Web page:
clock menu more-arrow no yes

Filed under:

Identify This Old Wrigley Field Scene

New, comments

Have you had enough of ripping apart the Fox/Miles to Oakland trade? Personally, I think Jim Hendry did a fine job of dumping (most) of Miles' contract (the Cubs are giving the A's $1 million) and getting at least one possible major league arm in return. Let's move on.

I have located another historic photo of game action at Wrigley Field, courtesy again of eBay member "nicepictures". There are actually enough clues in the photo to determine the date and players involved without me telling you a single thing about it. Before you go past the jump for the answer, see if you can figure it out.

Don't look here for a clue, or in the filename, either.

Click on image to open a larger version in a new browser window. Depending on the size of your display and browser, it may require some scrolling. If you find it to be too large, click here for a smaller version.

Well, you're thinking, what are the clues? You can't see the clock, or the names of the teams on the scoreboard. Your first clue is the team name on the batter -- it's clearly "Los Angeles". The batter is lefthanded and wears #4. As it turns out, #4 is one of the one of the Dodgers' retired numbers -- it belongs to Duke Snider.

OK, so now we've narrowed it down to 1958-62, the years Duke Snider played for the Los Angeles Dodgers. But even though there are no teams on the board, you can tell that the board has the red lines in the middle indicating the "Chicago" spot on the board that was created when the leagues expanded to 10 teams. Further, the AL side of the board says "NITE GAME" -- indicating the game was probably played on a weekday, since night games on weekends were rare in that era.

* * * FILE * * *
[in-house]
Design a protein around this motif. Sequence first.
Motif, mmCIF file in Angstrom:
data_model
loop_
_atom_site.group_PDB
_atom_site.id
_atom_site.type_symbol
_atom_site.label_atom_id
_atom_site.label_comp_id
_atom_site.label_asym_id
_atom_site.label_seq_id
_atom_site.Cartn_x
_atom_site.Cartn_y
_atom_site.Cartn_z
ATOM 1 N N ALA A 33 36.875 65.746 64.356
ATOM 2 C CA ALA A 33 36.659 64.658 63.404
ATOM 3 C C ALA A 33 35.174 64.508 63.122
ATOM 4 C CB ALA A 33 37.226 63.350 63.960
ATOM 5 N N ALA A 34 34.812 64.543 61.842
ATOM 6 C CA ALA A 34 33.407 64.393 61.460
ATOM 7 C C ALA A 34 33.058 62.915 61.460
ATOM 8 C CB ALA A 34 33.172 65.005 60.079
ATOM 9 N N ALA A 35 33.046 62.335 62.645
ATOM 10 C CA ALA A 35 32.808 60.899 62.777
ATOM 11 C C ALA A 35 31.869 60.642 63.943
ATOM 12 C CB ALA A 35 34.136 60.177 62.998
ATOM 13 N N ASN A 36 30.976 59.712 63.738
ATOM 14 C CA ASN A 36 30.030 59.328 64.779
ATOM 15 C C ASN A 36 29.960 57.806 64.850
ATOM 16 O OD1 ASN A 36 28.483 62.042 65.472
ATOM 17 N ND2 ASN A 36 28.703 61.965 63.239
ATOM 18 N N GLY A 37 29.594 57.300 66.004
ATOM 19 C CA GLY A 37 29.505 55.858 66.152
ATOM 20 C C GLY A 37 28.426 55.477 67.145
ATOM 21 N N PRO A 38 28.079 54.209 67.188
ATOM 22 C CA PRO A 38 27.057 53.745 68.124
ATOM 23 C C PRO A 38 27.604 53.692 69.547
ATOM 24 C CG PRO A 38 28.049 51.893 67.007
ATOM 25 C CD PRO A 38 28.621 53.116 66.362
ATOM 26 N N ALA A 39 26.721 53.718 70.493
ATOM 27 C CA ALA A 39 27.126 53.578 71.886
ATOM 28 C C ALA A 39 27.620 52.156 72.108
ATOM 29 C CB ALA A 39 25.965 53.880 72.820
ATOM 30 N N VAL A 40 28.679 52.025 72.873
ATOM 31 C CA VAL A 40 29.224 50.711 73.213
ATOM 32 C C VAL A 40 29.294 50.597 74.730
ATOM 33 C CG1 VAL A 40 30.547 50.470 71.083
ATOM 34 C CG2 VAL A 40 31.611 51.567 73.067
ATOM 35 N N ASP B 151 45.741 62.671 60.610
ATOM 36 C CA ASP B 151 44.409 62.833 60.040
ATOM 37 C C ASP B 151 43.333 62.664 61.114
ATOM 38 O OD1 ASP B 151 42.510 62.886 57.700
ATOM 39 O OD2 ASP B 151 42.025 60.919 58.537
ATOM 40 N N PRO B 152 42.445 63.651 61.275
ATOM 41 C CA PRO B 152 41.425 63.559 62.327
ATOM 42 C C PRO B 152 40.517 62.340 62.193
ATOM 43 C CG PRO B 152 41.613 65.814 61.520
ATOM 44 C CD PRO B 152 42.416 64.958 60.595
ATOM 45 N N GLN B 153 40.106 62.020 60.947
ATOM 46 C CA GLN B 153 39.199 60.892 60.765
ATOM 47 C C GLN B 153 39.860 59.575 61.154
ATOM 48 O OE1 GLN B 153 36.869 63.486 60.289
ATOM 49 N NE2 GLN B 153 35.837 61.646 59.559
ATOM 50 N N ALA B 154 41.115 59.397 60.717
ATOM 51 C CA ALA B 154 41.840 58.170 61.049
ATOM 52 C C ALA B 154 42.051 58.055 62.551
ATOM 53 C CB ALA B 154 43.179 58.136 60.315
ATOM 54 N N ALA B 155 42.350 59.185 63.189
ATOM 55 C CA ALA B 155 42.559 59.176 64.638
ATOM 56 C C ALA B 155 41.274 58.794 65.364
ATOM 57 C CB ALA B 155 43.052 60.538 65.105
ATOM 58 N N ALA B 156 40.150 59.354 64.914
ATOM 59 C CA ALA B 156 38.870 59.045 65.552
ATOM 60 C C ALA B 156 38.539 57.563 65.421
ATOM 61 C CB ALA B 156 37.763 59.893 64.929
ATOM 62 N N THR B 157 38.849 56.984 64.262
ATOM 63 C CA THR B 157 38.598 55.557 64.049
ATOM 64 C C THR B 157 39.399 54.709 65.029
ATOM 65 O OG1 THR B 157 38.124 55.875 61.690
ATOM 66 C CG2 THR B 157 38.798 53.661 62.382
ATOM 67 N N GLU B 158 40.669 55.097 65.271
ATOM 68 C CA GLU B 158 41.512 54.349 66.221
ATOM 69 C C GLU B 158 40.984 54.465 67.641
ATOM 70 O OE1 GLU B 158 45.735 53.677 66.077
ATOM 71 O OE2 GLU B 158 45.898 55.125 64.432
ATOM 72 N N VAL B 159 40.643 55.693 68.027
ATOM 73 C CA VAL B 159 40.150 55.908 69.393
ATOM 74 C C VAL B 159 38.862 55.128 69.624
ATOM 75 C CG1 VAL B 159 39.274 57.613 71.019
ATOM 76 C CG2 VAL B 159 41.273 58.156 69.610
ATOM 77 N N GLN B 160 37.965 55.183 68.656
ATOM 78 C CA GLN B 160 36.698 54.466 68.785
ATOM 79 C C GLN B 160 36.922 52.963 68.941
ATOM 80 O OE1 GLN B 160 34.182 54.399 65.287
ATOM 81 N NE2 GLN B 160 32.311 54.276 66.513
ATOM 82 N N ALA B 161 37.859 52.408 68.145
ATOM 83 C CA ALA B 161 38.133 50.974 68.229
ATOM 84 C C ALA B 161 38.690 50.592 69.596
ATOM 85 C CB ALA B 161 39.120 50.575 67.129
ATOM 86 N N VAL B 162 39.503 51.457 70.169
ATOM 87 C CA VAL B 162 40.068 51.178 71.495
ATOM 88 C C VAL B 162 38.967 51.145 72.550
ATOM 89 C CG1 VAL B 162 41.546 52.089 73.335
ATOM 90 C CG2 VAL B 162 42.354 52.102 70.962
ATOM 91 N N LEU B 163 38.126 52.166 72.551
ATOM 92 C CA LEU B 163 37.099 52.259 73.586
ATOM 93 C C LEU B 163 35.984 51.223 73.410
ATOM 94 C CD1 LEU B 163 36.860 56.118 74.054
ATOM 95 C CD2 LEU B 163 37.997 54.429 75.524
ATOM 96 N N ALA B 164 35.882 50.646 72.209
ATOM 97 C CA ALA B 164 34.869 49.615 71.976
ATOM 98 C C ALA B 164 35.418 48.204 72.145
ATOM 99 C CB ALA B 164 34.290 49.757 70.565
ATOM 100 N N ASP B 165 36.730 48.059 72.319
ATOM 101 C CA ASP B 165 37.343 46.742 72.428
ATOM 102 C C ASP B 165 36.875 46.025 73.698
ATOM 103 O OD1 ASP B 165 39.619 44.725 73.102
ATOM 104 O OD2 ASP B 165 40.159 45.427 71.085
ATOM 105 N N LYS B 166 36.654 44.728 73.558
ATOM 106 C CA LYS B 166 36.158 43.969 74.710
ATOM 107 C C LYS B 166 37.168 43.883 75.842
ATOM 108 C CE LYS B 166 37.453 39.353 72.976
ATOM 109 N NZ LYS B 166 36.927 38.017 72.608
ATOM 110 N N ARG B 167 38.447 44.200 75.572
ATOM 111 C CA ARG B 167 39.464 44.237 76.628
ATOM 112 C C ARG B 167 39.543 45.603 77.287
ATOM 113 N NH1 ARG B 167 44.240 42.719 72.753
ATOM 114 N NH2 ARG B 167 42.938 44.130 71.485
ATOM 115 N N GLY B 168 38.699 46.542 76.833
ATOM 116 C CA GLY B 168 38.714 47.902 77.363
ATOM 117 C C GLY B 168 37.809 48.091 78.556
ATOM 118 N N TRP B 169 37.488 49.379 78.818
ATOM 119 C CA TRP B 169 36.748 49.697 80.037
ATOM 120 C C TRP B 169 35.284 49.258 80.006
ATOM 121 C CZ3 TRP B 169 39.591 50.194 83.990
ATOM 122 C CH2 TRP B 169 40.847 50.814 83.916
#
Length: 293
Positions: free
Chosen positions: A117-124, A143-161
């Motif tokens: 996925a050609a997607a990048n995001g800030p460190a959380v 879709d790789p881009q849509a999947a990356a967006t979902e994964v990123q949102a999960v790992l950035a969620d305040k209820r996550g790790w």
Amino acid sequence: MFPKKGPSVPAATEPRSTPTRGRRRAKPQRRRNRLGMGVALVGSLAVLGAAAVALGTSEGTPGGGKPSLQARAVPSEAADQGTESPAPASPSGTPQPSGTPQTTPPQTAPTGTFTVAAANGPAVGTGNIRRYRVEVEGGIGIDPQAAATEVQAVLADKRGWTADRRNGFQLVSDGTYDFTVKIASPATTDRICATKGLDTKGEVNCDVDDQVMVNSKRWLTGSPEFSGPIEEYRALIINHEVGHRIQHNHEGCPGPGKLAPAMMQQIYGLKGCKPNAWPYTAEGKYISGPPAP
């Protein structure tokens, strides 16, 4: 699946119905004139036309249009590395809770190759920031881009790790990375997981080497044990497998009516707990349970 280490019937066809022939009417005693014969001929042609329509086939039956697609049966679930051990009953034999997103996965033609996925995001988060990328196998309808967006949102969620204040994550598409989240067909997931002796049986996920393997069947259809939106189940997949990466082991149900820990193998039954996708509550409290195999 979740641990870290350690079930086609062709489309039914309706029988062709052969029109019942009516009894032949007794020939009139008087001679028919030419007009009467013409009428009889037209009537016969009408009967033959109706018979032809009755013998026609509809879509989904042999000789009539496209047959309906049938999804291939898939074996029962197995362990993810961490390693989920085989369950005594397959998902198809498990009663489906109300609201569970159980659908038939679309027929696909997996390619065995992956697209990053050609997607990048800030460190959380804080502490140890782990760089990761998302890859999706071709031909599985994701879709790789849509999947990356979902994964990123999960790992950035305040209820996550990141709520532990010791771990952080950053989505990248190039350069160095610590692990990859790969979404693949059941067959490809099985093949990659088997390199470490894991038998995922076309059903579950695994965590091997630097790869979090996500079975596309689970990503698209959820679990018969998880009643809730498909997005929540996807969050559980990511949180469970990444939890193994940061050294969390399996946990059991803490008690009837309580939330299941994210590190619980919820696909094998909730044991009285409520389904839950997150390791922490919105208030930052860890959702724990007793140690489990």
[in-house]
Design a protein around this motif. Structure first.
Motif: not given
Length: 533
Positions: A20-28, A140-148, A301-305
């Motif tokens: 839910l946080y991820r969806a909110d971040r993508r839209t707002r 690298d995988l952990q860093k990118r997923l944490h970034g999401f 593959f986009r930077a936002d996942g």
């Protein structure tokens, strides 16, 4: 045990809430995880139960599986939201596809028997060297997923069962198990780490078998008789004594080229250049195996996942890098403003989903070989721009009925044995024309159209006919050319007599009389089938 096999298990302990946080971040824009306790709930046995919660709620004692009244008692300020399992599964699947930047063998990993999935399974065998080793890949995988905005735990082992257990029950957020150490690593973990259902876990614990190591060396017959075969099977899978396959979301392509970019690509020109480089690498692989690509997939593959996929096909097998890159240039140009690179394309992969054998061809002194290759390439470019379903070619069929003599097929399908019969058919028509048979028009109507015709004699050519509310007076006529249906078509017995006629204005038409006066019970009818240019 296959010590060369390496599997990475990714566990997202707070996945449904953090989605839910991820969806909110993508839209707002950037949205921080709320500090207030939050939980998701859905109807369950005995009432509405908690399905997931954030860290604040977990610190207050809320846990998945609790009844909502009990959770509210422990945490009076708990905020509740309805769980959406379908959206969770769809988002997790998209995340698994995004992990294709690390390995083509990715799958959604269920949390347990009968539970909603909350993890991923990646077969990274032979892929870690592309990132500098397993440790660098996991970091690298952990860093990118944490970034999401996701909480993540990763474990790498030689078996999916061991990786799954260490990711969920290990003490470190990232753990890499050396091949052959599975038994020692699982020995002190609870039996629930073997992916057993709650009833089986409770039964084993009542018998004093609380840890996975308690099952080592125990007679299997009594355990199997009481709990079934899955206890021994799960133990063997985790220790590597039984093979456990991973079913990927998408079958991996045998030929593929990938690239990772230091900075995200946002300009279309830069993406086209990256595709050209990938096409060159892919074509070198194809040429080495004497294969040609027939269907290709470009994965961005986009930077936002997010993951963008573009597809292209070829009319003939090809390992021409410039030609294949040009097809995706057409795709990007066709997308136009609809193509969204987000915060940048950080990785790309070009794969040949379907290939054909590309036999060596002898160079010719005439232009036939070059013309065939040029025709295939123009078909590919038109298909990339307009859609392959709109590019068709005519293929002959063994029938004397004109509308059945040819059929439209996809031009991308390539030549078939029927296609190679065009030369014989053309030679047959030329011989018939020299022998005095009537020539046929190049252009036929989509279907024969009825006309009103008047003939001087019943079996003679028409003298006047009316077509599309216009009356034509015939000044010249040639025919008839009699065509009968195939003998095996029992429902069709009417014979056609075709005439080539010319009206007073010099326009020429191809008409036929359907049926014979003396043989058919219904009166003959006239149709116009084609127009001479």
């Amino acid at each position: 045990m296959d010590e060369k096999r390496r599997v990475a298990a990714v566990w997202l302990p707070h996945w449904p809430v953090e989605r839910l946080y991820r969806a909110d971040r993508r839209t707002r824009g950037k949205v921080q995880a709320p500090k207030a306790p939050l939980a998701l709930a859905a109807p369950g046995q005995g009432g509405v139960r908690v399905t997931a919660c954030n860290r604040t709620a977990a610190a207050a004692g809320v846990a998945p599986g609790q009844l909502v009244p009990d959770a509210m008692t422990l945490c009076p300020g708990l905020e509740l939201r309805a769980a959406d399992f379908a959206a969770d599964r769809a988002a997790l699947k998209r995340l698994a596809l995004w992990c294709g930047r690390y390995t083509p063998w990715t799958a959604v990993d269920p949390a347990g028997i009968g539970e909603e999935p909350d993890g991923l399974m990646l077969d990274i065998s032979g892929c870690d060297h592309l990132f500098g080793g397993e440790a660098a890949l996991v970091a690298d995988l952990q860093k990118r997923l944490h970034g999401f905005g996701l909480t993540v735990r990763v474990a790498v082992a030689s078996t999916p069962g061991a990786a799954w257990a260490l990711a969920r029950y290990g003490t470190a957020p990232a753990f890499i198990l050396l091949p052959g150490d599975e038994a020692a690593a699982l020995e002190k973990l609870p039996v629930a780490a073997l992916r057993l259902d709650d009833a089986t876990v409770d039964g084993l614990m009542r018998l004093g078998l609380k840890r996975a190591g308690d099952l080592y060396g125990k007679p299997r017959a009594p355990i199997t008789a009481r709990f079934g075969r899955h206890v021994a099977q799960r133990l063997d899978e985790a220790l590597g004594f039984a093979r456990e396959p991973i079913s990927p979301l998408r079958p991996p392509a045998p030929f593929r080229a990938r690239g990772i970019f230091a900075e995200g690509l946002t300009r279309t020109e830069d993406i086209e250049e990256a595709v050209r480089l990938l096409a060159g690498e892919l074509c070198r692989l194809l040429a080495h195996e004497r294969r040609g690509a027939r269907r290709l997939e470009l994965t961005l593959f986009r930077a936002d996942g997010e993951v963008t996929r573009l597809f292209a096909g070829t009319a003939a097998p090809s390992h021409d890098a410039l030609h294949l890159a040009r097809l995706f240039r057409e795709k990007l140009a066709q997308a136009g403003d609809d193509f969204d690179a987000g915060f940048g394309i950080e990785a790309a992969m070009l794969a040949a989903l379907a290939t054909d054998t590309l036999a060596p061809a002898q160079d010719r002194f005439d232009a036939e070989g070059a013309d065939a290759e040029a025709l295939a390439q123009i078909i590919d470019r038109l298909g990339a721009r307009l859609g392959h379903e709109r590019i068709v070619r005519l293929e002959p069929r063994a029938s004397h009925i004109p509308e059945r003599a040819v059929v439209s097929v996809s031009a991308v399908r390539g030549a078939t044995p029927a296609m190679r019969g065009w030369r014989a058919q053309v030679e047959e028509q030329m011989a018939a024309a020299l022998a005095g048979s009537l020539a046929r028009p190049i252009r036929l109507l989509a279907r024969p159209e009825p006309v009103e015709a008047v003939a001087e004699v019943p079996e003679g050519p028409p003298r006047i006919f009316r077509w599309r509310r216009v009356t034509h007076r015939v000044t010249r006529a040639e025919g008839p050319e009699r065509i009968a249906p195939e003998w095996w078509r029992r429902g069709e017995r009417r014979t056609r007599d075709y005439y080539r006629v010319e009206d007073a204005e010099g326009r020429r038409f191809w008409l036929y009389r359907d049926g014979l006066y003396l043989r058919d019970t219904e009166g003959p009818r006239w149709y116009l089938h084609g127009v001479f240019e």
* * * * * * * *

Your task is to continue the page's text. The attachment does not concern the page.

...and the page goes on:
So we've now narrowed it down to 1961 or 1962. Your next clue is the number on the Cubs pitcher's back -- you'll have to zoom in a little bit to see it. It's 39. The Cubs didn't have anyone wearing #39 in 1961; in 1962, it belonged early in the season to Tony Balsamo -- who pitched twice against the Dodgers, but in April, when the ivy wouldn't have been full, as it is in the photo.

Later in 1962 #39 was issued to Paul Toth, after he was acquired on September 1. Now we're getting somewhere. The only game in which Toth faced Snider at Wrigley was Friday, September 14, a game in which Toth had to enter in relief in the first inning after starter Don Cardwell (and two other relievers) gave up seven runs while recording only one out. Toth faced Snider twice; once in the first after the Dodgers had already batted around, and again in the fourth. This photo is likely from the first inning; look at the angle of the shadows, which would have been different in the fourth inning, later in the afternoon in mid-September.

The result of this at-bat was a fly to left field -- Duke Snider made the first two outs in that inning. The Cubs lost the game 13-7; it was the ninth loss of a ten-game losing streak for that awful Cubs team which set the club record for losses with 103 (tied four years later).

But we have a photo of a moment frozen in time from that season, left for us to decipher 47 years later. Attendance that day was 5,356; looks like probably half of those people were in the bleachers. The catcher was Dick Bertell; second baseman was Ken Hubbs; first baseman (obscured) was Ernie Banks; right fielder was George Altman. The plate umpire was Ken Burkhart and the other umpires visible were Frank Walsh (1B) and Chris Pelekoudas (2B).